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What I know

Six years ago in Tucson, Arizona, a shooter opened fire on a group of constituents gathered to speak with their representative, Gabrielle Giffords. Six were killed, and more than a dozen others—including Rep. Giffords—were injured. One of the survivors reflects on her experience—and how access to health care has made all the difference for her recovery.

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News Entries in health care healthcare

  • “A lot of people will be in a lot of trouble if they let this happen.”

    A small-business owner in Florida worries that the repeal of the Affordable Care Act could mean the end of his medication—or worse.

    I’m scared to death that I’m going to lose my health care. If Obamacare is repealed, I just might, because of my pre-existing condition—and then I’ll have to choose between death or severe illness and bankruptcy.

    Repeal could mean the exchanges and subsidies would stop working for me, and my premiums would skyrocket because of my pre-existing condition. I might have to divorce my partner of 22 years to declare bankruptcy and sell the house. It’s the only way I’d be able to afford my medication. We just got married last year.

  • This is about people's lives

    No parent, or grandparent, should have to lay awake at night wondering whether or not they can afford to care for their loved ones.

    More than 20 million people have gained coverage under Obamacare, and the uninsured rate has never been lower. But according to the Congressional Budget Office's latest analysis, if Obamacare opponents are successful in their repeal efforts, you could be forced to pay more for less care or you could be at risk of losing health care coverage altogether.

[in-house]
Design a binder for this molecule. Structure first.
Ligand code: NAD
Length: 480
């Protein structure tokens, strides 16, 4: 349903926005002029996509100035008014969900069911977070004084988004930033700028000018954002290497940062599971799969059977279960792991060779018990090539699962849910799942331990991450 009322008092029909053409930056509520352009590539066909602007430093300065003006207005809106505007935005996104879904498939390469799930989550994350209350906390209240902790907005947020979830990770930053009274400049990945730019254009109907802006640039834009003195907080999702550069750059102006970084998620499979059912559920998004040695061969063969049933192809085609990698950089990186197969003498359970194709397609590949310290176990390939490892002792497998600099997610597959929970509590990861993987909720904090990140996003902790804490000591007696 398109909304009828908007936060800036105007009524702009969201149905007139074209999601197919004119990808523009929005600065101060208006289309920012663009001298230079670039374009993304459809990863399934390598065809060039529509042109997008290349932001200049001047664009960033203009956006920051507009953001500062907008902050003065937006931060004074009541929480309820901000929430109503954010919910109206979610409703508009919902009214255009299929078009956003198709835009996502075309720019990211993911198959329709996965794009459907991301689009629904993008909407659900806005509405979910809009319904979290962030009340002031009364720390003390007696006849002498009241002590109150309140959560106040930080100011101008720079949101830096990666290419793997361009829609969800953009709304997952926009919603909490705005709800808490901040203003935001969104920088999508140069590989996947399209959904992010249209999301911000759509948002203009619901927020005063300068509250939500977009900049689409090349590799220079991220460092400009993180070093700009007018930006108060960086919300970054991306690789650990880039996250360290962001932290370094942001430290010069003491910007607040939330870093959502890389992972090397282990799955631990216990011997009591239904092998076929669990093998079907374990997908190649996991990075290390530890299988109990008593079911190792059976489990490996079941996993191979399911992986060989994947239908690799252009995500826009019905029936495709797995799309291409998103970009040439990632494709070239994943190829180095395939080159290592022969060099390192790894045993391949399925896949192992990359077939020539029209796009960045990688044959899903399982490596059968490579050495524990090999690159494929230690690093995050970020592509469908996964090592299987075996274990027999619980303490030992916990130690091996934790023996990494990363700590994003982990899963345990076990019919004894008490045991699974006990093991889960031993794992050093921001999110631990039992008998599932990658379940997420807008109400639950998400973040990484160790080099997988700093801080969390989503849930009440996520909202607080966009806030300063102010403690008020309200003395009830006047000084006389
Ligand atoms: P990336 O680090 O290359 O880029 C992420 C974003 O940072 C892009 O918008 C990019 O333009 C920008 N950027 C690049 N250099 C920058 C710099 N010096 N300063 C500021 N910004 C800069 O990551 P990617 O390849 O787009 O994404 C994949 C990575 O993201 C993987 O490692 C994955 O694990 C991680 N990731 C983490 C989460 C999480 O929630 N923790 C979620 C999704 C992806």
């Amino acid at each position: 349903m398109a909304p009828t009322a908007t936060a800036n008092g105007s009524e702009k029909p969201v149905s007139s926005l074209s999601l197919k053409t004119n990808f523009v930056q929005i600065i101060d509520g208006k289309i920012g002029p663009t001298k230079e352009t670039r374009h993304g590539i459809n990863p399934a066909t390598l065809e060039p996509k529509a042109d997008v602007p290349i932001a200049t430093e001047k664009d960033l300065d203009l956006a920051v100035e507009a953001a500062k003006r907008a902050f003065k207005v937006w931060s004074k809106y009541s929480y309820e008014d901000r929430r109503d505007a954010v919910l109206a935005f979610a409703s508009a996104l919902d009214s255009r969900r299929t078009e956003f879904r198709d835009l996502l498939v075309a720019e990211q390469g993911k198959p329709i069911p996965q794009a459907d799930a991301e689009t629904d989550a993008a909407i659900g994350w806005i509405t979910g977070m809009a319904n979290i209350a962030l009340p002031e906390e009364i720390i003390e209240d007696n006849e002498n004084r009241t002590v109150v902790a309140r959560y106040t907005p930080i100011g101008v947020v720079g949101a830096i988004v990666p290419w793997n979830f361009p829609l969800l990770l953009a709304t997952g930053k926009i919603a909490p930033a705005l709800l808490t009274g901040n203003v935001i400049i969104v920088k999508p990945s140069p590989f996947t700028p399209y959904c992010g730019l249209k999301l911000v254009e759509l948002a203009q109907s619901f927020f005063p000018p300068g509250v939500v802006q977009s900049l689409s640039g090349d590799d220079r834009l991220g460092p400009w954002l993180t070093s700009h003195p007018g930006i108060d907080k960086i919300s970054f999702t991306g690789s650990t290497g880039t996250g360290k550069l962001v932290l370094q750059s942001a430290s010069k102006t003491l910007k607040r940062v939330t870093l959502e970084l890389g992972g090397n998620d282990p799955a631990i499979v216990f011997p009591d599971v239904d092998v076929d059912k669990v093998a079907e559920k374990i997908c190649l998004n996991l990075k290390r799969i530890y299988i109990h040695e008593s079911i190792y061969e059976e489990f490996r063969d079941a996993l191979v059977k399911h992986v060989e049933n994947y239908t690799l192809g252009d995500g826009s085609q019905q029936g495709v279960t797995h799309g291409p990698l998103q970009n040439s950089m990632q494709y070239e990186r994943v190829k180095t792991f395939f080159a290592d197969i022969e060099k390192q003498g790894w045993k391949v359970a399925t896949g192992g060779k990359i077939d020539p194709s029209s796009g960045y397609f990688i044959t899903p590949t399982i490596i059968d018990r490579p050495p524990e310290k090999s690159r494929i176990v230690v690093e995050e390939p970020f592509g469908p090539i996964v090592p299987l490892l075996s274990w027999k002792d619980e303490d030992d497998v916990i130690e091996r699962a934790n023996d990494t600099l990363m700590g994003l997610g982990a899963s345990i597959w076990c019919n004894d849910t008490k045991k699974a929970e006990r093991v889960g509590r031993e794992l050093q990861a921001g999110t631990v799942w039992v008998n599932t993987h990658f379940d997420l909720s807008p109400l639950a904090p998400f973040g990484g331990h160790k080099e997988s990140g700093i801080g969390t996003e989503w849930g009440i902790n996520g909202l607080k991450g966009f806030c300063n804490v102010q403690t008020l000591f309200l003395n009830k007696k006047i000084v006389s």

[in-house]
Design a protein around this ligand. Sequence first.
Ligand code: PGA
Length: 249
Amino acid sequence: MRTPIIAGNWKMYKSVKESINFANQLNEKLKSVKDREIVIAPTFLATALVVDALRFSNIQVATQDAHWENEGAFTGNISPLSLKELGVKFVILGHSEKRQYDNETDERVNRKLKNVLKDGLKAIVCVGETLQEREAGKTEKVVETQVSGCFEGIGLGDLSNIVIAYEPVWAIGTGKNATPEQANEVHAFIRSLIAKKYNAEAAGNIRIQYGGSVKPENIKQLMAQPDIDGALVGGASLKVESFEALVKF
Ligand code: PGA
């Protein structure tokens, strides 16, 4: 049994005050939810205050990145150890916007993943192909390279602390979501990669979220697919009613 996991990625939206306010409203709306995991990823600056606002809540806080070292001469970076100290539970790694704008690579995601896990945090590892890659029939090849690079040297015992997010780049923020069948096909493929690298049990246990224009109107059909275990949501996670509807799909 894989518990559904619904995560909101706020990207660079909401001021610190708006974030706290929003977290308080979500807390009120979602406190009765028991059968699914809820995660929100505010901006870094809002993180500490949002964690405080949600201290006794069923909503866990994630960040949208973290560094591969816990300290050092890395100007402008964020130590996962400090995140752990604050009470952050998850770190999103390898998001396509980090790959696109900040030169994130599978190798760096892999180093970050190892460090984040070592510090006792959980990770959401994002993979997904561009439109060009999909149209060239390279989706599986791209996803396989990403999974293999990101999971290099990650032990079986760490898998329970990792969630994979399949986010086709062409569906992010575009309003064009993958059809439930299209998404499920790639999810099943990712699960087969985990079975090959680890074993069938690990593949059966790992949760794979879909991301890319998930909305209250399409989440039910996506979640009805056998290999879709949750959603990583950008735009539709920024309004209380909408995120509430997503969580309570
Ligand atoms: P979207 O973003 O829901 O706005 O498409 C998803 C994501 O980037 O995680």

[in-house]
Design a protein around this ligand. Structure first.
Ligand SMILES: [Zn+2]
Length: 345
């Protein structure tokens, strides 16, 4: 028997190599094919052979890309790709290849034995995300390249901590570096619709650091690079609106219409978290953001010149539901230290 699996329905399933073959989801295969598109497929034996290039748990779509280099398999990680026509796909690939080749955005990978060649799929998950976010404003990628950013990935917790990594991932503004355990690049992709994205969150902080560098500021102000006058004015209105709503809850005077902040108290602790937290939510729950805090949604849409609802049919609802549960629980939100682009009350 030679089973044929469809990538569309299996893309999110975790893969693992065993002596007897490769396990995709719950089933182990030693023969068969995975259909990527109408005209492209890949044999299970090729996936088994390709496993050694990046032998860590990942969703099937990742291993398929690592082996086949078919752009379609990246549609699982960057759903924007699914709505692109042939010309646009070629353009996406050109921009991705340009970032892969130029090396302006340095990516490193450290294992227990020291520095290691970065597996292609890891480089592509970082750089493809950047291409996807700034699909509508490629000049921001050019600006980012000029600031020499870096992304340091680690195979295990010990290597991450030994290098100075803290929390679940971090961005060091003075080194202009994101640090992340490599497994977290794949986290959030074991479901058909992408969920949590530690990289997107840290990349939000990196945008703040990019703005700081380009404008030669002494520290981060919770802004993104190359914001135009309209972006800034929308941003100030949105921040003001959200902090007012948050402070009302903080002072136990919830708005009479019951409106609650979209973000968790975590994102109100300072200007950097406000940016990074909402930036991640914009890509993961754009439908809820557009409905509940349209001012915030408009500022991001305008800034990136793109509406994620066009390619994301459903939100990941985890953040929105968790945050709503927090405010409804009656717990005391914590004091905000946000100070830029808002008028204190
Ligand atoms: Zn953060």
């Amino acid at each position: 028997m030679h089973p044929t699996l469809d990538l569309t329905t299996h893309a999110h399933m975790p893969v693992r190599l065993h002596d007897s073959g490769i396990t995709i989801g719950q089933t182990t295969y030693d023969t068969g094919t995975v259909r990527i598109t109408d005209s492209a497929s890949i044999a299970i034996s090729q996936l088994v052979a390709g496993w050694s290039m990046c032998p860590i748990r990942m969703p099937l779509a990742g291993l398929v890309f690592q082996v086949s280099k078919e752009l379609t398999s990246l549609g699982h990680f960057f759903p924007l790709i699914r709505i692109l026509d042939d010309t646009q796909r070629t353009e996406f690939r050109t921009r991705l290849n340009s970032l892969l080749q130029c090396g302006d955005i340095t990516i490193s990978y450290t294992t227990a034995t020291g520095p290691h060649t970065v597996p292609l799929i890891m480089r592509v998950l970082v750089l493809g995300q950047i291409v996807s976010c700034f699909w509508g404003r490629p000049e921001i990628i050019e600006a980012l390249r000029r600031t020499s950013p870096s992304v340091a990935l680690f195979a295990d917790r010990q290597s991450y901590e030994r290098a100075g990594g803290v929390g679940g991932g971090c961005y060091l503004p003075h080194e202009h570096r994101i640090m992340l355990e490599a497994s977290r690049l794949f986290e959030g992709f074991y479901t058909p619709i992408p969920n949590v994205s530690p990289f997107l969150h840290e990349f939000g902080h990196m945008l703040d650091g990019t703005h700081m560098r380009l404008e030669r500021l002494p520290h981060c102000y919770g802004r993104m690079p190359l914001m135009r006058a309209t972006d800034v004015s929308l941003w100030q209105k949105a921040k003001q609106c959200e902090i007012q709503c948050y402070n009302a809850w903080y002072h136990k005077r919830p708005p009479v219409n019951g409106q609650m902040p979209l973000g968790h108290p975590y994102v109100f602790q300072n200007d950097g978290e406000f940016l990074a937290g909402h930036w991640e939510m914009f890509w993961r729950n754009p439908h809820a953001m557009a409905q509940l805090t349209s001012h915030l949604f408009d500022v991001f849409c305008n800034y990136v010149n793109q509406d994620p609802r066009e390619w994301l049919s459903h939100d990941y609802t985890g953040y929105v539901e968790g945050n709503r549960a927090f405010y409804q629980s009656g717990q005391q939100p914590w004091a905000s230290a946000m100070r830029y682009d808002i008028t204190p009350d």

• What I want my sons to know

    Rep. Denham didn't fight for people like me. But I'll be fighting every day so that he and his colleagues in Congress are held accountable for their vote to take away health care from me and millions of others.

    I’m a single mom of a 17-year-old and a 13-year-old. I’ve had a heart condition for several years, but last July, I was diagnosed with the "root of all evil,” as my family calls it: an autoimmune disease called systemic scleroderma. I rely on Medicaid to survive—and even though I’ve spoken directly to my representative, Jeff Denham, and even though he promised he’d vote against it, he rubber-stamped the AHCA.

    He needs to know that my voice is real. That people in positions like me won’t forget this—and my sons, even if they can’t vote yet, will remember it, too.

  • Wealthcare

    The House bill to repeal Obamacare is unimaginably cruel—we can't let it go any farther.

    What they did was pathetic. And we have to do everything we can to make sure their garbage bill never becomes law.

  • The most basic truth

    Every single person is impacted by health issues at some point in their lives.

    Congress' decisions on our health care affect every single American. We must collectively decide to care for one another, and our policies should reflect that.

  • Health care is a right

    ...not a privilege for the wealthy few.

    I will fight every single attempt to turn a deaf ear, a blind eye, and a cold shoulder to the sick, to our seniors, and to working families. I will fight every day, every hour, every minute, and every second. And you should keep fighting too.

  • A message from Jim Messina: What the defeat of the repeal bill means

    Two months ago, this was unimaginable. Don't ever let anyone tell you organizing doesn't matter.

    Last Friday, due to public outcry and increasing pressure, the bill to repeal Obamacare was withdrawn. This win reaffirms that when we stand up for what's right, we can overcome remarkable odds. That when we organize, speak out, and take action, Washington hears our message loud and clear.

  • As a Republican, I vehemently opposed Obamacare. Then it saved my life.

    My wife and I had always assumed that if you had money, you could get treatment. We were wrong—six weeks away from being dead wrong.

    I was a lifelong Republican and even worked on the Reagan and Bush campaigns. When Obamacare became law, I vehemently opposed it, as I recently shared on live television as I asked Paul Ryan a question during a CNN Town Hall.

    But then Obamacare saved my life.

  • Mercy

    Massachusetts Congressman Joe Kennedy reflects on mercy and its role in the U.S. health care system in a special message to OFA supporters.

    There is no mercy in a system that makes health care a luxury. There is no mercy in a country that turns its back on those that are most in need of protection: the elderly, the poor, the sick, and the suffering.

    Speaker Ryan's health care bill is no act of mercy. It is an act of malice.